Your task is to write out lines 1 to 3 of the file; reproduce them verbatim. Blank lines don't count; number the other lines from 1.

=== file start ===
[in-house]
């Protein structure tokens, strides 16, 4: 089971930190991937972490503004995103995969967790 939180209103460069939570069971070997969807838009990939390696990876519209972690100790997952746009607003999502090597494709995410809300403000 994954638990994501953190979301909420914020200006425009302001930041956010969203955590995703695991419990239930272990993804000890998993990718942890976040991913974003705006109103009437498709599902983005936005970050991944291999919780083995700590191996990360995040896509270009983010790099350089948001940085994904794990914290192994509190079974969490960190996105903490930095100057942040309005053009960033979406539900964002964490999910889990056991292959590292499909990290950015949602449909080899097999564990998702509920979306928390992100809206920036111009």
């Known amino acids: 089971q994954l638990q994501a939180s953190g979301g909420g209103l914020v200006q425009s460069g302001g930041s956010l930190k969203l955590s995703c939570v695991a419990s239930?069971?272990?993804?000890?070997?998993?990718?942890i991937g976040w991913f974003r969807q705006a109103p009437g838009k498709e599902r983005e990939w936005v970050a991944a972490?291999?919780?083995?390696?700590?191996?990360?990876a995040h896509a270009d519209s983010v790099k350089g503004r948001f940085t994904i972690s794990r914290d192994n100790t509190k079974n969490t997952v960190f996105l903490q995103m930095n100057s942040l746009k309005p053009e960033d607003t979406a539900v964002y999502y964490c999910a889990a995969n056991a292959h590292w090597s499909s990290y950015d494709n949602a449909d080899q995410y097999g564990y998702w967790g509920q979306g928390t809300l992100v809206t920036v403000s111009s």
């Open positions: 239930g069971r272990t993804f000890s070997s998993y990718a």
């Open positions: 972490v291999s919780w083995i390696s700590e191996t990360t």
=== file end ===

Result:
[in-house]
């Protein structure tokens, strides 16, 4: 089971930190991937972490503004995103995969967790 939180209103460069939570069971070997969807838009990939390696990876519209972690100790997952746009607003999502090597494709995410809300403000 994954638990994501953190979301909420914020200006425009302001930041956010969203955590995703695991419990239930272990993804000890998993990718942890976040991913974003705006109103009437498709599902983005936005970050991944291999919780083995700590191996990360995040896509270009983010790099350089948001940085994904794990914290192994509190079974969490960190996105903490930095100057942040309005053009960033979406539900964002964490999910889990056991292959590292499909990290950015949602449909080899097999564990998702509920979306928390992100809206920036111009």
């Known amino acids: 089971q994954l638990q994501a939180s953190g979301g909420g209103l914020v200006q425009s460069g302001g930041s956010l930190k969203l955590s995703c939570v695991a419990s239930?069971?272990?993804?000890?070997?998993?990718?942890i991937g976040w991913f974003r969807q705006a109103p009437g838009k498709e599902r983005e990939w936005v970050a991944a972490?291999?919780?083995?390696?700590?191996?990360?990876a995040h896509a270009d519209s983010v790099k350089g503004r948001f940085t994904i972690s794990r914290d192994n100790t509190k079974n969490t997952v960190f996105l903490q995103m930095n100057s942040l746009k309005p053009e960033d607003t979406a539900v964002y999502y964490c999910a889990a995969n056991a292959h590292w090597s499909s990290y950015d494709n949602a449909d080899q995410y097999g564990y998702w967790g509920q979306g928390t809300l992100v809206t920036v403000s111009s």